One of the true gems of the world…. Venezia (Venice). The name alone evokes powerful feelings for many people. Romantic gondola rides, historical architectural treasures, beautiful creations blown from Murano glass, unique hand-crafted masks and always… always a city constructed with streets of water. Amazingly, the entirecity is listed as a World Heritage Site in order to preserve it’s unique beauty. According to my Wiki research, Luigi Barzini described it in the New York Times as “undoubtedly the most beautiful city built by man”. I’d have to agree with Luigi!
Panoramic view from the roof of our hotel
Venice from the water
The Grand Canal
More of the Grand Canal
Happy to be here
Our good friends Nathan and Danielle joined us recently for a whirlwind visit filled with food, wine and lots of fun (read about it HERE). We punctuated their trip with a stopover in this romantic city. I was intrigued by the history of such a unique place and just did a little research. Venice consists of 117 islands, formed by 177 canals and connected by 409 bridges. I kept waiting for that “ah-ha” moment when I discovered the name of the genius city planner that decided to create a magical city on the water. But unlike Bugsy Siegel’sLas Vegas or Sheikh Maktoum bin Rashid’s reinvention of Dubai – there was no one person that can be credited with the conceptualization of Venice. The truth is that refugees fleeing from invasion of the Lombards sought shelter in the marshland that is now Venice. And how do any cities really get built? A collection of people working together to establish trade and industry, creating habitation and then services to support the population. And so the city grew around the marsh and homes and churches and municipal buildings were constructed. This begs another question. How can you build a city on water?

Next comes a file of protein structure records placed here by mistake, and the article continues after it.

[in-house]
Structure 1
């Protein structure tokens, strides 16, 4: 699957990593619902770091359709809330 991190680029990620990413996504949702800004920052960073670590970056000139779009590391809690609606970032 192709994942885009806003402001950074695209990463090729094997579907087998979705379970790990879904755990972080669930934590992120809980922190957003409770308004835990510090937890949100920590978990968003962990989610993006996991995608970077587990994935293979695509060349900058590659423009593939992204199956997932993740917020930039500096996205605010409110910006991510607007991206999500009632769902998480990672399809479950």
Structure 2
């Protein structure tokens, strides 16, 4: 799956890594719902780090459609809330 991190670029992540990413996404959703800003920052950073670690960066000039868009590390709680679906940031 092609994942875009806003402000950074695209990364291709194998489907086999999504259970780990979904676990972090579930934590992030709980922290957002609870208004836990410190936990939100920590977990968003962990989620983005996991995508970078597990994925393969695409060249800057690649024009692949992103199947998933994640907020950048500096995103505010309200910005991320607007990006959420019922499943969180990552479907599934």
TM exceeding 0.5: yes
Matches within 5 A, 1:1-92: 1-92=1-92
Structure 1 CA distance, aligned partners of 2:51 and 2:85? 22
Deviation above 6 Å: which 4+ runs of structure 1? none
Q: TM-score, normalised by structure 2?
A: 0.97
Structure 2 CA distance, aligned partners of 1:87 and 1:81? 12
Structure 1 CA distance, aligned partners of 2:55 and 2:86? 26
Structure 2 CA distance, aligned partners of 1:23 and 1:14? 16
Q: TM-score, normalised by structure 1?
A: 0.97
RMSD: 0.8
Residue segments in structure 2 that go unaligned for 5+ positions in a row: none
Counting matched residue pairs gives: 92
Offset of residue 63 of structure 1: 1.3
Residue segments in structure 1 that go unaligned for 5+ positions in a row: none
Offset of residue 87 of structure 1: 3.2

The city built on water
Piers and bridges everywhere
Loved this view
There is a tree that grows in Slovenia and Croatia called an alder tree that is noted for it’s water resistance. Thousands of these trees were imported (and subsequently credited as a contributing factor for the barren land of the Kras region). The tree trunks were fashioned into piles that were submerged in the water, penetrating the sand and mud until settling in the much denser layer of compressed clay. Foundations were laid on the piles and buildings of stone and brick were constructed on these footers.
So now that you know the history, you can join us on our journey. We arrived early in the day via train (the easiest way into the city) and checked into our hotel. Our hotel, Molino Stucky is on the island of Giudecca, set in a beautifully renovated flower mill. After a quick lunch on the roof, we hoped on our hotel’s private ferry to the main island. We toured through the streets and canals, passed over bridges and stopped in shops. The girls bought scarves, glass and other souvenirs while Nathan and I took in all the scenery. We visited the infamous Piazza San Marco and fought for space among the crowds of tourists. We stopped for an afternoon cocktail on the water and eventually made our way back to the hotel to change for dinner.